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Interview: The Invitation Director Karyn Kusama on Purposeful Diversity and Complicated Characters

Karyn Kusama, director of such films as Girlfight and Jennifer’s Body, casually subverts everything in her latest film The Invitation, an urban horror story about middle-class Americans at a dinner party.

I went to see the film at Fantastic Fest last year with no expectations and knowing nothing about the story. I left the cinema with the glow of someone who had just been immersed in cinematic bliss. It isn’t often that a horror film leaves me feeling both entertained and optimistic about the world. Story aside, the diversity in the casting and characterization of the party attendees seemed deliberate enough that I felt like I was in good and capable hands, and subtle enough that it didn’t distract from the realism of the film. A typical movie-goer who watches The Invitation for its story probably wouldn’t notice how rare it is for people of color to be depicted as characters in their own right without constantly drawing attention to their race, or for men on the screen to be portrayed as emotionally vulnerable. Everything just … fit. It gave me hope for a future of storytelling that everyone can relate to.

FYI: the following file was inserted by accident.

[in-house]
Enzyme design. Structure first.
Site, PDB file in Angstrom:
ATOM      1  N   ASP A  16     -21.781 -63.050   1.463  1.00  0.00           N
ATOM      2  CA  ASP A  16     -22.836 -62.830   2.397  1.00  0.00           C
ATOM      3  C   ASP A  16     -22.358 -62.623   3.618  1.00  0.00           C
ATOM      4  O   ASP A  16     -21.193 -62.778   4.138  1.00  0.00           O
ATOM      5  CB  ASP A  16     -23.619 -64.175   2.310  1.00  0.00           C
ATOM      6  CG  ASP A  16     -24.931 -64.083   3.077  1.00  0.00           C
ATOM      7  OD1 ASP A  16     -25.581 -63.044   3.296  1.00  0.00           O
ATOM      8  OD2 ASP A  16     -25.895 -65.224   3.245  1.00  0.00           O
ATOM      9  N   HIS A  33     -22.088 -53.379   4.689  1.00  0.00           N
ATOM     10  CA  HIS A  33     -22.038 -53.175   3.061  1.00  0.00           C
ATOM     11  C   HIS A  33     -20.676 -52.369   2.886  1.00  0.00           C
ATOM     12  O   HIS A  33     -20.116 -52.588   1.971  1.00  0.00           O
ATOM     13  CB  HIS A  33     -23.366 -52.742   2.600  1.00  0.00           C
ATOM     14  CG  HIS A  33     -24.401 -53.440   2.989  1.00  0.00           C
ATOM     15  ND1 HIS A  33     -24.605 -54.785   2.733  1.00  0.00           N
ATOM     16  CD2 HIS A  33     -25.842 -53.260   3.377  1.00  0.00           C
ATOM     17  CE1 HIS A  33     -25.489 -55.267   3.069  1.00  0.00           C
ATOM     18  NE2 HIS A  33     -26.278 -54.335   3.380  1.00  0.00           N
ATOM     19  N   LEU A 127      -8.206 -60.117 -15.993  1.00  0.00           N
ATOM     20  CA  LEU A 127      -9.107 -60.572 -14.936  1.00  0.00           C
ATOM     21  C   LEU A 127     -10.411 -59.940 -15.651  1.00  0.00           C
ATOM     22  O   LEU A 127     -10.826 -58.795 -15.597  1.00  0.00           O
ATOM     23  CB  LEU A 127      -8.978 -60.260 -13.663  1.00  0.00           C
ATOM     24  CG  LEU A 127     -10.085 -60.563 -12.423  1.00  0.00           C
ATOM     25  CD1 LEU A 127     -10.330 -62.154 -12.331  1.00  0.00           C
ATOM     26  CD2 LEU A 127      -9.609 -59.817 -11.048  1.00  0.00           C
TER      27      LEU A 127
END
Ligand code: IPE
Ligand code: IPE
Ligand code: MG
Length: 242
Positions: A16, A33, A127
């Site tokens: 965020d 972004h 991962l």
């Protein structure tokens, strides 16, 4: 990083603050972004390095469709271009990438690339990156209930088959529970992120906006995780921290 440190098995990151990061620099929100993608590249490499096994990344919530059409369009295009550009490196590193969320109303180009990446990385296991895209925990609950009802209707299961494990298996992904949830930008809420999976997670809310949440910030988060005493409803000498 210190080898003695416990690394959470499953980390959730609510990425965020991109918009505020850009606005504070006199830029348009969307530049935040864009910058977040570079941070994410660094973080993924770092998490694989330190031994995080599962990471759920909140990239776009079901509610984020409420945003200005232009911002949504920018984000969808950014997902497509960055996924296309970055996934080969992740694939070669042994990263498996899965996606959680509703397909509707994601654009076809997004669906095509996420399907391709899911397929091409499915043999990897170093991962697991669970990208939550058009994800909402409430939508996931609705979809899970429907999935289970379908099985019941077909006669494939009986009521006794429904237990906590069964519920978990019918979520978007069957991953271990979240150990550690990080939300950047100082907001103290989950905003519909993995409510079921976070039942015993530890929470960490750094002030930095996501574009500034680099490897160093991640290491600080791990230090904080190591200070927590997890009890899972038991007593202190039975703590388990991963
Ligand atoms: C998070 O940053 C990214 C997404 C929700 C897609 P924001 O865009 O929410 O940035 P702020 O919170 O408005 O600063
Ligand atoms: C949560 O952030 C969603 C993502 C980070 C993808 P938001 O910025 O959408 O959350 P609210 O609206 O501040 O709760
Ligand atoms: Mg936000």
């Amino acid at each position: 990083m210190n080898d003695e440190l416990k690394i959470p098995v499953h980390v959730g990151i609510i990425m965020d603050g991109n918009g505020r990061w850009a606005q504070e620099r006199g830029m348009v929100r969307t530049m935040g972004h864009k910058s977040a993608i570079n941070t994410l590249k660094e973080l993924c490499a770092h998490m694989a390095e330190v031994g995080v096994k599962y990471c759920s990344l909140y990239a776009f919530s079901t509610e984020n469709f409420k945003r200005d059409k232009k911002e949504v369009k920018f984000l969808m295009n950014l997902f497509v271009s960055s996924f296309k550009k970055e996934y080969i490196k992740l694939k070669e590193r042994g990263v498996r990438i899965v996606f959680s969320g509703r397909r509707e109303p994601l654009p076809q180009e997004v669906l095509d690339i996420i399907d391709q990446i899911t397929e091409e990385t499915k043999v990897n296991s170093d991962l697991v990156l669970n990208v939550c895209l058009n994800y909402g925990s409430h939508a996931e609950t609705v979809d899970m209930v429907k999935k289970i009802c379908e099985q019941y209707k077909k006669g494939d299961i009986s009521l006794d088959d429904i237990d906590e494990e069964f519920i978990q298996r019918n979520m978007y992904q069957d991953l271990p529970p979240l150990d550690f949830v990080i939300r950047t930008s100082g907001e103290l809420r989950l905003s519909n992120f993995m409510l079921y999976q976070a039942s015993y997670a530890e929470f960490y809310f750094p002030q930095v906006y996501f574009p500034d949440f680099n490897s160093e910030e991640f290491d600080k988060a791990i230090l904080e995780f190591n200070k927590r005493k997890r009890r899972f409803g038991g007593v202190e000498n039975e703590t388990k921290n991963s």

I was fortunate enough to be able to meet up with Karyn Kusama for an interview about her latest film, her career, and her inspirations.

Kav P. (TMS): You have mentioned that the diverse casting decisions for The Invitation were deliberate. Could you tell us a little more about that and why you decided for the characters that you did?